2017 Kurd-Laßwitz-Preis for Best Foreign SF work Awarded[20]
2017 Premio Ignotus for Foreign Novel Awarded[21]
2017 Grand Prix de l'Imaginaire for Foreign Novel Nominated[22]
2017 Hugo Award for Best Novel Nominated
2017 Locus Award for Best Science Fiction Novel Awarded[23]
2017 Dragon Awards for Best Science Fiction Novel Nominated[24]
2018 Arthur C. Clarke Award for Imagination in Service to Society Awarded[25]


  1. ^ What lies beyond By Chitralekha Basu and Guo Shuhan, China Daily
  2. ^ Awards for Chinese-language science fictions announced
  3. ^ Three Body Problem: Author's postscript to the American Edition
  4. ^ "刘慈欣:《三体》的成功只是特例". Retrieved 11 July 2017.
  5. ^ 2015 Hugo Awards
  6. ^ Chen, Andrea. "Out of this world: Chinese sci-fi author Liu Cixin is Asia's first writer to win Hugo award for best novel." South China Morning Post. Monday 24 August 2015. Retrieved on 27 August 2015.
  7. ^ "Deutsche Übersetzung von "The Three-Body Problem" könnte nächsten Herbst erscheinen" (in German). China Internet Information Center. September 1, 2015. Retrieved March 8, 2017.
  8. ^ This Is What It's Like To Write Science Fiction Novels in China - io9 - Gizmodo
  9. ^ Martin, Nicolas (2018-11-02). "Le corps cybernétique : quand la SF s'incarne". France Culture (in French). Retrieved 2018-12-14.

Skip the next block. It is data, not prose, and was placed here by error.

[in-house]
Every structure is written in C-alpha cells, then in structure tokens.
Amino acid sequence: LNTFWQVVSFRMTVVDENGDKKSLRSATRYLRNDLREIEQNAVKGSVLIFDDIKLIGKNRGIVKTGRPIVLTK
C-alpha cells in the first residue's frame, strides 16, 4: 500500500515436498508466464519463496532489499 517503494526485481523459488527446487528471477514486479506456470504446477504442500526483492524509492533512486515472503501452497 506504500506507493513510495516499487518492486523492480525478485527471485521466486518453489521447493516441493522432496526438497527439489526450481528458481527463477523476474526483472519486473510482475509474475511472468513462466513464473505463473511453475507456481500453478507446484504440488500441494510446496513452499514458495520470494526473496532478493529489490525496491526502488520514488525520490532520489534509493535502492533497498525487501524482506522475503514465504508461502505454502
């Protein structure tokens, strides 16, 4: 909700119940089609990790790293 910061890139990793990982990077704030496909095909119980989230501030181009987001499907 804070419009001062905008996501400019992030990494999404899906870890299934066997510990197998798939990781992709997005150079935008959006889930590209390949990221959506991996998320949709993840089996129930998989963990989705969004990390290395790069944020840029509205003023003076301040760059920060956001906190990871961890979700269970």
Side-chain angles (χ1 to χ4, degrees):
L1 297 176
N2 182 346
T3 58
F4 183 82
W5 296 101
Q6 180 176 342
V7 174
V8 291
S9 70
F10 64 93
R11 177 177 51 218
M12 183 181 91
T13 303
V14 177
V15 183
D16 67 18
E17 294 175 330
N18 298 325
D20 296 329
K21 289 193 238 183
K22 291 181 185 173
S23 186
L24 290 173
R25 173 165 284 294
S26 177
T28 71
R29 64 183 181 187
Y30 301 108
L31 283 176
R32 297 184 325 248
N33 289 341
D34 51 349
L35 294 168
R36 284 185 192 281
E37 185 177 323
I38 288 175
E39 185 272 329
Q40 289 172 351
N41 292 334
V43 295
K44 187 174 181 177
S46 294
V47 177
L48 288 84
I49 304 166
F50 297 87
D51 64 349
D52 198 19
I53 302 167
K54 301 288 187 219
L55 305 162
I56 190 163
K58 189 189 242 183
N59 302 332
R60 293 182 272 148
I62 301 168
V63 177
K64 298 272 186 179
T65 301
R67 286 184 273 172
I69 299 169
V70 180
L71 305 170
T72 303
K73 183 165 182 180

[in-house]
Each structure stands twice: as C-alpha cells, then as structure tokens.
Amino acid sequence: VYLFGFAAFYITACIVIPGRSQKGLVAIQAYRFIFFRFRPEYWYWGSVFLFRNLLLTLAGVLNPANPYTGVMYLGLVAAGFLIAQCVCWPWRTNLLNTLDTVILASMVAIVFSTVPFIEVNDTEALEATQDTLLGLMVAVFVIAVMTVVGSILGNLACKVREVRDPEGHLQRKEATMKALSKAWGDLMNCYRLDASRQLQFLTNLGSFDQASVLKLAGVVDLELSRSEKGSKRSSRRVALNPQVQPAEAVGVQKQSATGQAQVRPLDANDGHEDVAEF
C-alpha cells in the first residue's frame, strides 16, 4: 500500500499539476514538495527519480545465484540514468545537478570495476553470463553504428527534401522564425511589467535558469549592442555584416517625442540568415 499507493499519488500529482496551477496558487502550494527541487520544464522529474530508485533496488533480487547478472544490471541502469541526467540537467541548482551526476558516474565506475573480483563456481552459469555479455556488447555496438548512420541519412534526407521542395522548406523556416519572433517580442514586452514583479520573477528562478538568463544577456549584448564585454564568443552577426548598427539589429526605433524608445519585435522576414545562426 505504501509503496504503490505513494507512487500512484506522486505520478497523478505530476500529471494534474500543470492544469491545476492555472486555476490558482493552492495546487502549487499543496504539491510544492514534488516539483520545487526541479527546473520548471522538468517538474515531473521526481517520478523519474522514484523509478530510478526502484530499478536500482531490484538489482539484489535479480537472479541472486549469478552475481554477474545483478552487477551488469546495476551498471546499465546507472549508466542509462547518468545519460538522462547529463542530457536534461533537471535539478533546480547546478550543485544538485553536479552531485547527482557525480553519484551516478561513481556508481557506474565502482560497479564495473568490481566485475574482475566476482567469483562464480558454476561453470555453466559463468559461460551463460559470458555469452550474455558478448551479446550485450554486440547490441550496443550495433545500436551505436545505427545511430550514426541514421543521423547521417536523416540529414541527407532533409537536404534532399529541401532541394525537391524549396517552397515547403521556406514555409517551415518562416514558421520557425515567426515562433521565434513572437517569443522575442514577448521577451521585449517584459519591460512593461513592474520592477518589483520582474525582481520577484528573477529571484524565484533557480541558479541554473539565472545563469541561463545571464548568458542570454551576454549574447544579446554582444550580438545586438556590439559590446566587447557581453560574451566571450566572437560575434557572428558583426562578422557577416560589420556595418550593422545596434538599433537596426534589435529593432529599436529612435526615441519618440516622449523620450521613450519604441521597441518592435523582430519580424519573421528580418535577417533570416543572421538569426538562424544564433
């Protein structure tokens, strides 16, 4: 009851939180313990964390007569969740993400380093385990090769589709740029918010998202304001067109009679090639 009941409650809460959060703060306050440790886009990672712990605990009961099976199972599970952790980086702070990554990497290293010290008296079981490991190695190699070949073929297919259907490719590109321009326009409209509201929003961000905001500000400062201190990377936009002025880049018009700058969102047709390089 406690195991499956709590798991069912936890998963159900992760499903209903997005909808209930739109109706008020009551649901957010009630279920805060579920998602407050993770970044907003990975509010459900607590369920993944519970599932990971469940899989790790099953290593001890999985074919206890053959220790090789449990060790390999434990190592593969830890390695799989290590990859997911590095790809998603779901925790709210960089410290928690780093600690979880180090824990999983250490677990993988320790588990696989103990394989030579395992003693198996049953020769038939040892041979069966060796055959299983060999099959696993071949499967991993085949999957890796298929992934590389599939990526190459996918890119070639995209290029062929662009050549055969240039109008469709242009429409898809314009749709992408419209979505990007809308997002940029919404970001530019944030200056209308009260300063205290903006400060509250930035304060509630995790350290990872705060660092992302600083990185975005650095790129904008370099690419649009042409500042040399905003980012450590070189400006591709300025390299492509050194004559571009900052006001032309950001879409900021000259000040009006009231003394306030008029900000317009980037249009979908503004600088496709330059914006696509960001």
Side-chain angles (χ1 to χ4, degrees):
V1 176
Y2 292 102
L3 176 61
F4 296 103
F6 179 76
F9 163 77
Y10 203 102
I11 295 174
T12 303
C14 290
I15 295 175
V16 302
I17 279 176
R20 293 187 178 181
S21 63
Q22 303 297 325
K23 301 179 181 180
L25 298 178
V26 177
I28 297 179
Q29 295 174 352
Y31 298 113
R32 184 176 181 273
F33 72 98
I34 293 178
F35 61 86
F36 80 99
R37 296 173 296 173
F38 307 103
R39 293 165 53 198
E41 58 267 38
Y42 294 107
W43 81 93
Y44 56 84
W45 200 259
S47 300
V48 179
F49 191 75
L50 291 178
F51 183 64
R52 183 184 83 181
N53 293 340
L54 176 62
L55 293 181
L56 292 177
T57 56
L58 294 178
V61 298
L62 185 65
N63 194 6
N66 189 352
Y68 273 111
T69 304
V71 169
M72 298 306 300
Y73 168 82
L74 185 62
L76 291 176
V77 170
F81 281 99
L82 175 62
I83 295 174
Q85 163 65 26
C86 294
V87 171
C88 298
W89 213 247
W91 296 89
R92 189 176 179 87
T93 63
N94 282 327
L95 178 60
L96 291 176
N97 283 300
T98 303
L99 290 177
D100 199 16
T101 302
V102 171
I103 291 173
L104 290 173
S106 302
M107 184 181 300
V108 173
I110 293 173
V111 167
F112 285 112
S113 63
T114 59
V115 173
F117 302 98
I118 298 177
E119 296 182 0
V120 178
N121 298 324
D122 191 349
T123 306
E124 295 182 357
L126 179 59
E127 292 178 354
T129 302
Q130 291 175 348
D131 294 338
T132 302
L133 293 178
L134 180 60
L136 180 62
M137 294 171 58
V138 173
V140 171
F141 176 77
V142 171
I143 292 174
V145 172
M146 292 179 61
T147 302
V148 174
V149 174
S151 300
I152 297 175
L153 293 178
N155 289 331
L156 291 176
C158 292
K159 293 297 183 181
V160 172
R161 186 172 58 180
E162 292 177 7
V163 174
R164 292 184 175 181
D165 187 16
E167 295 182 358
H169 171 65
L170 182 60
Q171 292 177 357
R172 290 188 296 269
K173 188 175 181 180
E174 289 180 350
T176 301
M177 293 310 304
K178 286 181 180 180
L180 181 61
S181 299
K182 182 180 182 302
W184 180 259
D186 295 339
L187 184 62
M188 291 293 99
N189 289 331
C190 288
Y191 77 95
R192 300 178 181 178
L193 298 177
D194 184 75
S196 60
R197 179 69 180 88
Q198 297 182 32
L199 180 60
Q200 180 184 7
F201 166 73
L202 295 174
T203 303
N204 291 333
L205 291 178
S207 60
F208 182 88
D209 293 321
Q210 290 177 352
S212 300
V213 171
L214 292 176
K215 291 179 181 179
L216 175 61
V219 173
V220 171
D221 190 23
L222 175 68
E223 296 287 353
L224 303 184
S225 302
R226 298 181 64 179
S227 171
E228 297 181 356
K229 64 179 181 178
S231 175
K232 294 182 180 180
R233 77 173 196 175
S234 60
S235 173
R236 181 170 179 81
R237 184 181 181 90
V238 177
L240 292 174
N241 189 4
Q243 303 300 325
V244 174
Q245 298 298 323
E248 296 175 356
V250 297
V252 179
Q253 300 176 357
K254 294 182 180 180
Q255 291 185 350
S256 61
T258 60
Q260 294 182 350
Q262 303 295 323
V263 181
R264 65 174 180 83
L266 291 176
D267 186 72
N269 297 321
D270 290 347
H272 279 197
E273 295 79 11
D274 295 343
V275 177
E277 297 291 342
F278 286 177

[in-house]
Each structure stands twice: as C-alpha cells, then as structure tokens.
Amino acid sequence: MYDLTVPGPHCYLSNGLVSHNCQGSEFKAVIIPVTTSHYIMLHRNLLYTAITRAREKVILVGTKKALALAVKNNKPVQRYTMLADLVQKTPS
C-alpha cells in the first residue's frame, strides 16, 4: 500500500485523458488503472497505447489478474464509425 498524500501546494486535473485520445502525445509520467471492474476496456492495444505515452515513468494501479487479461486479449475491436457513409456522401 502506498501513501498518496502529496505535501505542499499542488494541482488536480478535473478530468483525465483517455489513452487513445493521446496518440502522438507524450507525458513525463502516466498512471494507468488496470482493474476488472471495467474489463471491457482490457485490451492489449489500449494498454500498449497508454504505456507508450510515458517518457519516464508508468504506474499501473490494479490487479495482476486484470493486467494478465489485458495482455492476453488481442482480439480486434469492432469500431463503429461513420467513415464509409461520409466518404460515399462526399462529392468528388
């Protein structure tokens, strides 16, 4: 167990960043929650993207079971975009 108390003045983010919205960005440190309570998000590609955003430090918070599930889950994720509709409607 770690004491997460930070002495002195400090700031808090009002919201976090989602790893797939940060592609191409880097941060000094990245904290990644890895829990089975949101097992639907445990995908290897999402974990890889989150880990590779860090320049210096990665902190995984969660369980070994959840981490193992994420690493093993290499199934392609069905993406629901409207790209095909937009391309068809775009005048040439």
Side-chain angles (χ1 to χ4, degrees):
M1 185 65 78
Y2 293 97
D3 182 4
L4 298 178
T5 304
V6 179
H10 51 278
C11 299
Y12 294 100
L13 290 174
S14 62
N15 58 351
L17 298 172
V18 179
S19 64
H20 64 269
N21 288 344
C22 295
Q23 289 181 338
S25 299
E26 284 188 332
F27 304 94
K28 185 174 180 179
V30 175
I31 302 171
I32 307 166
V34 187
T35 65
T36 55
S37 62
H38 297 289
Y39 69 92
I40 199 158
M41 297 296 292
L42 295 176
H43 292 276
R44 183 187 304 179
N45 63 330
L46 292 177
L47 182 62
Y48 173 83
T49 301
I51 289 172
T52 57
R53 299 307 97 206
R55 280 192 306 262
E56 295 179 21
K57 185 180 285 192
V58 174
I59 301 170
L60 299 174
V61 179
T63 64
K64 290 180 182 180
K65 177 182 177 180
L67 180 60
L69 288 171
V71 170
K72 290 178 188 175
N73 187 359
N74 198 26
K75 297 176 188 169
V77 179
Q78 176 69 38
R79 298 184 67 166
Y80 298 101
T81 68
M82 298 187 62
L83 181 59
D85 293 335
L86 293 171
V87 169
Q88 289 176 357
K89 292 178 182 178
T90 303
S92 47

10. ^ CaixinOnline (23 June 2016). "Premiere of Film based on Acclaimed Sci-fi Novel 'The Three-Body Problem' Pushed Back until 2017". Retrieved 24 June 2015 – via
  11. ^ "Amazon set to drop $1billion on TV adaptation of sci-fi novel Obama once called 'immense'". The Independent. Retrieved 2018-08-13.
  12. ^ Cite error: The named reference SFE was invoked but never defined (see the help page).
  13. ^ "2015 Ignotus Awards Winners". Locus Online. 2015-11-10. Retrieved 2018-11-16.
  14. ^ Kevin (2015-08-23). "2015 Hugo Award Winners Announced". The Hugo Awards. Archived from the original on 2015-08-24. Retrieved 2017-08-06.
  15. ^ "2014 Nebula Awards Nominees Announced". SFWA. 2015-02-20. Archived from the original on 2017-08-01. Retrieved 2017-08-06.
  16. ^ Publications, Locus. "Locus Online News » 2015 Locus Awards Winners". Archived from the original on 2017-06-12. Retrieved 2017-08-06.
  17. ^ Publications, Locus. "Locus Online News » 2015 Prometheus Award Winner". Archived from the original on 2017-06-12. Retrieved 2017-08-06.
  18. ^ Publications, Locus. "Locus Online News » 2015 Campbell and Sturgeon Awards Winners". Archived from the original on 2017-06-12. Retrieved 2017-08-06.
  19. ^ "2016-2017 Canopus Awards Finalists". Locus Online. 2017-04-12. Retrieved 2018-11-16.
  20. ^ Publications, Locus. "Locus Online News » 2017 Kurd Laßwitz Preis Winners". Archived from the original on 2017-08-06. Retrieved 2017-08-06.
  21. ^ "2017 Premio Ignotus Winners". Locus Online. Archived from the original on 2017-12-01. Retrieved 2017-11-21.
  22. ^ Publications, Locus. "Locus Online News » Grand Prix de l'Imaginaire 2017 Winners". Archived from the original on 2017-08-06. Retrieved 2017-08-06.
  23. ^ "2017 Locus Awards Winners". Locus Online. 2017-06-24. Retrieved 2018-11-16.
  24. ^ "2017 Dragon Awards Winners". Locus Online. 2017-09-05. Retrieved 2018-11-16.
  25. ^ "Chinese sci-fi writer Liu Cixin wins Arthur C. Clarke award".

External linksEdit